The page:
Chapter 1. Boost.MPL.Graph (proposed)

Gordon Woodhull

Distributed under the Boost Software License, Version 1.0. (See accompanying file LICENSE_1_0.txt or copy at

Table of Contents

Data Structures

MPL.Graph is a proposed Boost library for creating and traversing metadata graphs at compile time.

Graph data structures and algorithms are applicable at compile time for a variety of purposes. Not only does this allow for "perfectly" efficient implementations which do not waste runtime cycles on abstractions, but it can make it possible to implement patterns which would be too complex and error-prone in an ad-hoc manner.

Some examples of familiar compile-time graphs:

  • Class hierarchies form a DAG
  • State machines, e.g. from MSM
  • Expression trees e.g. from Proto expression templates
  • Grammars. Note that Spirit grammar is usually known at compile-time, but Spirit uses runtime variables to merge trees by common rule references.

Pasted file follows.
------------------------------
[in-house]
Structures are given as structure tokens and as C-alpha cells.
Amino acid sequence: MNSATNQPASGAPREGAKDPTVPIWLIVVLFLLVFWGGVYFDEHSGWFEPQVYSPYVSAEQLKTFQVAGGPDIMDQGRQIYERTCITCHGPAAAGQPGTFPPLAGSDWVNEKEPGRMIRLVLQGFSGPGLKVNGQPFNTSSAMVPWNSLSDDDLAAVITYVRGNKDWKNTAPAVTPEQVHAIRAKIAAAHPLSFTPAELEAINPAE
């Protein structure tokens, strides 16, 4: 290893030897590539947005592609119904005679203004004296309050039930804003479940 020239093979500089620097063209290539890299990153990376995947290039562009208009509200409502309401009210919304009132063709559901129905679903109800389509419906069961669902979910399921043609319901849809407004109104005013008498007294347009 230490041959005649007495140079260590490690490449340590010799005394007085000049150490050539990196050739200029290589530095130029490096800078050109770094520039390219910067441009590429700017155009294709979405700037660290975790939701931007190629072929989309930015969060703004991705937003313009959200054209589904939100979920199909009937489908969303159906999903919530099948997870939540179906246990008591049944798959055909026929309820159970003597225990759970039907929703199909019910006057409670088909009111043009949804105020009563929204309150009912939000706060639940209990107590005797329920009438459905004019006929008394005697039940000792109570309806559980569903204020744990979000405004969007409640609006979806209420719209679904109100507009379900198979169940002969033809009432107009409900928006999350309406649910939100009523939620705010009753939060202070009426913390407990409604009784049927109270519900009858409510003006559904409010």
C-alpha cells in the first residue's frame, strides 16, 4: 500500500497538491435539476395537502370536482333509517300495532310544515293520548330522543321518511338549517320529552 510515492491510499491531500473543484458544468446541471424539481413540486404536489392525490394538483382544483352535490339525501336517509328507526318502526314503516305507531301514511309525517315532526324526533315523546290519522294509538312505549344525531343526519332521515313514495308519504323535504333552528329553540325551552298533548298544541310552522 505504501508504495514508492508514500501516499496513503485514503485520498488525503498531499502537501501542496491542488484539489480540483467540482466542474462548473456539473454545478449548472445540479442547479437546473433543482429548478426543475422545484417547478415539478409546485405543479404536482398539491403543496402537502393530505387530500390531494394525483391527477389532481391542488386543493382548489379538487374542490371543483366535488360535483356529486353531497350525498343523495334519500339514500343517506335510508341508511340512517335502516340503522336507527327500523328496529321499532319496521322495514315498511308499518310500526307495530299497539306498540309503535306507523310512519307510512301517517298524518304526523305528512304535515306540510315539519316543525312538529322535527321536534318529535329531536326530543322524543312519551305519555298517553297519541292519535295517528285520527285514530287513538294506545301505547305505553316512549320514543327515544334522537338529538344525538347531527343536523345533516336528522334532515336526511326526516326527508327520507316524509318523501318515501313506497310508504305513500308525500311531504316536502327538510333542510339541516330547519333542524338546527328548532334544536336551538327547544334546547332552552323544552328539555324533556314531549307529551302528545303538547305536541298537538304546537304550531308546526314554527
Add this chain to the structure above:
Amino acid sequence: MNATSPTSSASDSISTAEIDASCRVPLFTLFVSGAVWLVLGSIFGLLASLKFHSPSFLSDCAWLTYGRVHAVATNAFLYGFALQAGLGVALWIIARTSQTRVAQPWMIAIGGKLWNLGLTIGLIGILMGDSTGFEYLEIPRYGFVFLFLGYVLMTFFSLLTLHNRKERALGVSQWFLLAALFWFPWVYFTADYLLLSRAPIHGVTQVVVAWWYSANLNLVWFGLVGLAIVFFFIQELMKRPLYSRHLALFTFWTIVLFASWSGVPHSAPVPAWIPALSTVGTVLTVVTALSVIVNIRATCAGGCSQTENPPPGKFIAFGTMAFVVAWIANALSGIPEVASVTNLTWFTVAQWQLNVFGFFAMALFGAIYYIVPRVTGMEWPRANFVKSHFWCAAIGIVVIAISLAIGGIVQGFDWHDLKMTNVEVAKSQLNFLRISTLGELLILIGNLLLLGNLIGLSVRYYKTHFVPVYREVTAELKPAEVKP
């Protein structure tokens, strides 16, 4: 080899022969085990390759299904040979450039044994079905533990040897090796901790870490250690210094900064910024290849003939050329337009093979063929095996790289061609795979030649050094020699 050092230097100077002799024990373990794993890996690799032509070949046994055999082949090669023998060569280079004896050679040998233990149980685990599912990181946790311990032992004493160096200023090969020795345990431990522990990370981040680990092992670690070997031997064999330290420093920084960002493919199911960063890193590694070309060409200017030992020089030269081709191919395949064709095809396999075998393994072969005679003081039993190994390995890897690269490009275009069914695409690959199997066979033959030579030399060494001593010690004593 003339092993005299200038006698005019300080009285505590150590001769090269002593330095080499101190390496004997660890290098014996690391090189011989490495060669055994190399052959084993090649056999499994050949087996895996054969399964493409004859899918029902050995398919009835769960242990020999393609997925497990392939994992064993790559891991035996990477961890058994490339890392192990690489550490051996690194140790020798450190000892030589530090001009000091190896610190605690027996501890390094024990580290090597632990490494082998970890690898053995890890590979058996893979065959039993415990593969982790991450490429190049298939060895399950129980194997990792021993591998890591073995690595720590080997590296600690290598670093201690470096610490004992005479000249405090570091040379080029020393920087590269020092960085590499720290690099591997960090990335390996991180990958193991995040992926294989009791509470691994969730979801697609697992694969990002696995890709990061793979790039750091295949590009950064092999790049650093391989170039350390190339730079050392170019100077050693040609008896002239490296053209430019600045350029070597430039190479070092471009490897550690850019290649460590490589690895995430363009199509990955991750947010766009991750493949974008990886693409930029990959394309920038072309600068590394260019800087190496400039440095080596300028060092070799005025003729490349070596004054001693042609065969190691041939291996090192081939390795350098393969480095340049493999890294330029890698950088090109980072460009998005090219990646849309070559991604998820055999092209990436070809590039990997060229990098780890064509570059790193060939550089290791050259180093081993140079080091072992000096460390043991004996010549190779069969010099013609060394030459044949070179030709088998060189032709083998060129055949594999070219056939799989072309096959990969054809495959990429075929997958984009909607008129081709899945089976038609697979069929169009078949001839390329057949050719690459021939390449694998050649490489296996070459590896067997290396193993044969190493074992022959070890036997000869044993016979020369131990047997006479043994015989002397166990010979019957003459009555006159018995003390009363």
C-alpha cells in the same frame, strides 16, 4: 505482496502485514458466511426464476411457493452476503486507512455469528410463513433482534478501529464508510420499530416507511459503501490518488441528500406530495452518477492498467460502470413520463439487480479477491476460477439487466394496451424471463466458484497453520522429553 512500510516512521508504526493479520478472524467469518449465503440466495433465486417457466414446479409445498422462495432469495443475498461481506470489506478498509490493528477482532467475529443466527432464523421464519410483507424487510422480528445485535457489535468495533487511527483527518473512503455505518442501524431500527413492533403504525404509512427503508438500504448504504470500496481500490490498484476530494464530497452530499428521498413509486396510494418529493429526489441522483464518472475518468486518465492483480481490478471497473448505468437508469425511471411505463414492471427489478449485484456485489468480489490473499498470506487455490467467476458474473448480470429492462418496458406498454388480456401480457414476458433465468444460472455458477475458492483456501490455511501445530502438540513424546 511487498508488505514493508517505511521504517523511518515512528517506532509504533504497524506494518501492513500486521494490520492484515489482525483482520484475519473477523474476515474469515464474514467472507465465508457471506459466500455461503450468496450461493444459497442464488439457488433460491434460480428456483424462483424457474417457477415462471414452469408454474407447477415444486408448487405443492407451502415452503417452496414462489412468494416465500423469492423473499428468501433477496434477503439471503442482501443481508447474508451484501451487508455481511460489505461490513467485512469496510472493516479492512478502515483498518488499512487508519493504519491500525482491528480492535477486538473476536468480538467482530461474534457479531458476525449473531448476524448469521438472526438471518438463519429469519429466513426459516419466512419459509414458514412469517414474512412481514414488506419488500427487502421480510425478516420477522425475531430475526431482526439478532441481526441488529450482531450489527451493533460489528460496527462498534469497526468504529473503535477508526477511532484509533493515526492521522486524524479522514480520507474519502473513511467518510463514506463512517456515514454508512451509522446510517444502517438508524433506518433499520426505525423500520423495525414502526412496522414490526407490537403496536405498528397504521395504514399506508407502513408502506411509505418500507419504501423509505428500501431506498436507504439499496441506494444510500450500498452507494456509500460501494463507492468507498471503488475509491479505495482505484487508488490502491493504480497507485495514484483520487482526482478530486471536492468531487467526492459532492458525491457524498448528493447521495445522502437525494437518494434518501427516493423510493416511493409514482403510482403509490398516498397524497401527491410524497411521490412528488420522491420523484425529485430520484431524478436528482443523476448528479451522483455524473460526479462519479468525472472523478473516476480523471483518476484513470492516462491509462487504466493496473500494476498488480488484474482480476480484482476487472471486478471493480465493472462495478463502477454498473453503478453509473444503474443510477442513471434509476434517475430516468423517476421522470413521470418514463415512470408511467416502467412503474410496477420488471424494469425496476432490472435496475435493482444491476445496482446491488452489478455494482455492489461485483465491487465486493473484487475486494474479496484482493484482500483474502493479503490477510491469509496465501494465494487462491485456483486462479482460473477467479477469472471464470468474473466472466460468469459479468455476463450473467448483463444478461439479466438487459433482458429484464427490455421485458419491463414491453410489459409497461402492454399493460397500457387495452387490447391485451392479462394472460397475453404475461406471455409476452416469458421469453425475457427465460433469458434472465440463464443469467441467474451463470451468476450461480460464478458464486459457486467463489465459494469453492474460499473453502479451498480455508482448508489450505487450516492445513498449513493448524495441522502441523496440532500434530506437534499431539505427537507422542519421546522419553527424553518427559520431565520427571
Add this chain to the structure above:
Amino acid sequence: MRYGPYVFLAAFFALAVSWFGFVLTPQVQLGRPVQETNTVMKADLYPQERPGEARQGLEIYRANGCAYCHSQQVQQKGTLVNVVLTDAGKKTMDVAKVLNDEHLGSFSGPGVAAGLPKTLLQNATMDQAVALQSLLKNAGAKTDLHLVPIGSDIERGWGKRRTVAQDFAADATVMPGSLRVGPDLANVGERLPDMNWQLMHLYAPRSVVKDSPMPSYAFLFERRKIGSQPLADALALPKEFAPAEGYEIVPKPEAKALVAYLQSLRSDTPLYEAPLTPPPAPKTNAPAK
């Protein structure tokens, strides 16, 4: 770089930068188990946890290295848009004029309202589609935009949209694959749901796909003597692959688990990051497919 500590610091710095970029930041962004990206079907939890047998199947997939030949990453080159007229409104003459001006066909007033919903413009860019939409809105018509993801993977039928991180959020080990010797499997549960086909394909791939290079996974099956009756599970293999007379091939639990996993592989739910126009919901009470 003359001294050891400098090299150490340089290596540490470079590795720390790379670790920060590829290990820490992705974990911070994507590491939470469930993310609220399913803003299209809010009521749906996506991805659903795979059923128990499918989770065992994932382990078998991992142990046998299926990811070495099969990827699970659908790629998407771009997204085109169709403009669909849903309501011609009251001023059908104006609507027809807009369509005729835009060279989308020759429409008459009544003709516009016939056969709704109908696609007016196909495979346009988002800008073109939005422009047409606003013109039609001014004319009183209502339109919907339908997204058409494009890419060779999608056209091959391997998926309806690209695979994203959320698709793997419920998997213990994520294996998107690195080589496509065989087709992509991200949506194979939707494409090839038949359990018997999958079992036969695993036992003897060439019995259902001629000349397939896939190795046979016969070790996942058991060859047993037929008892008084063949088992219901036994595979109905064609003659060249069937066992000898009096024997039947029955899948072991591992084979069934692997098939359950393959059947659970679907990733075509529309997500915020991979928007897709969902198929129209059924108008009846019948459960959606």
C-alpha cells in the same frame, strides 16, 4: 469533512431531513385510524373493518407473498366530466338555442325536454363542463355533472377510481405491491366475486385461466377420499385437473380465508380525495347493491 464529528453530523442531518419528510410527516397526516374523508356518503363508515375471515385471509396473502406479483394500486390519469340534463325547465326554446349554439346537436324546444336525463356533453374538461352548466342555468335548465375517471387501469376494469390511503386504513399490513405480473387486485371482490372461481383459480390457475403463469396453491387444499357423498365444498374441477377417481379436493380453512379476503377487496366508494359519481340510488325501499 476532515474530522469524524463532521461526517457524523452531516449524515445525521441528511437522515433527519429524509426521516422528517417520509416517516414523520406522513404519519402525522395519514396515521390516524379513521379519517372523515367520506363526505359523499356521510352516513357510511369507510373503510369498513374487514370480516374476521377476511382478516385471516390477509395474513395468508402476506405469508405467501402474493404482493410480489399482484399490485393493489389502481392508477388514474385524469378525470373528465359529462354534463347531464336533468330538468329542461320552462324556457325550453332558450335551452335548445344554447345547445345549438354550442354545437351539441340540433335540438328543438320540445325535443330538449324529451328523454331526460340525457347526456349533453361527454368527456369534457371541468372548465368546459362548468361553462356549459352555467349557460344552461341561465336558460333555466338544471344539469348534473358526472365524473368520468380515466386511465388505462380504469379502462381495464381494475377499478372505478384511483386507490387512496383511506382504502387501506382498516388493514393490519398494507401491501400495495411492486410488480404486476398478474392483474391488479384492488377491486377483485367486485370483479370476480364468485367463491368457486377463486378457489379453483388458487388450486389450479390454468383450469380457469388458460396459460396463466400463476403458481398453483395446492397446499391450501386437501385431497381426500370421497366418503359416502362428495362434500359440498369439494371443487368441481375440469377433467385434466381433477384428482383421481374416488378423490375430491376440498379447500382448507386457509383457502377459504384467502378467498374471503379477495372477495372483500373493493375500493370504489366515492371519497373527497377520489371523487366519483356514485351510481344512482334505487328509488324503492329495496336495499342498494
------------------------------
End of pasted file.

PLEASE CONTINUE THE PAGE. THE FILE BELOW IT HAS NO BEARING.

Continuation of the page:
Some constructs have graph structure that is partly compile-time and partly run-time:

  • Call graphs - the set of all possible calls between functions is (usually) a static graph, but a particular run is a tree.
  • Ownership of objects - the relationships type-owns-type form a static graph which describes the actual ownership of objects by objects in a runtime graph or tree.
  • Pointers between objects - the relationships type-holds-pointer-to-type form a static graph which describes the pattern of the runtime graph of objects pointing to each other.

Metaprogramming these constructs allows analysis with graph algorithms, and production from computed graphs. Specification and analysis using compile-time graphs avoids wasting runtime cycles on abstractions, and improves conceptual clarity and abstraction (once the "meta" barrier is hurdled).

So far, MPL.Graph provides compile-time versions of BGL's incidence_list and adjacency_list, and the algorithms breadth_first_search and depth_first_search.

It is used in MSM (where it is currently a sub-library) for identifying regions (connected components) and unreachable states.

Last revised: January 18, 2011 at 00:13:38 GMT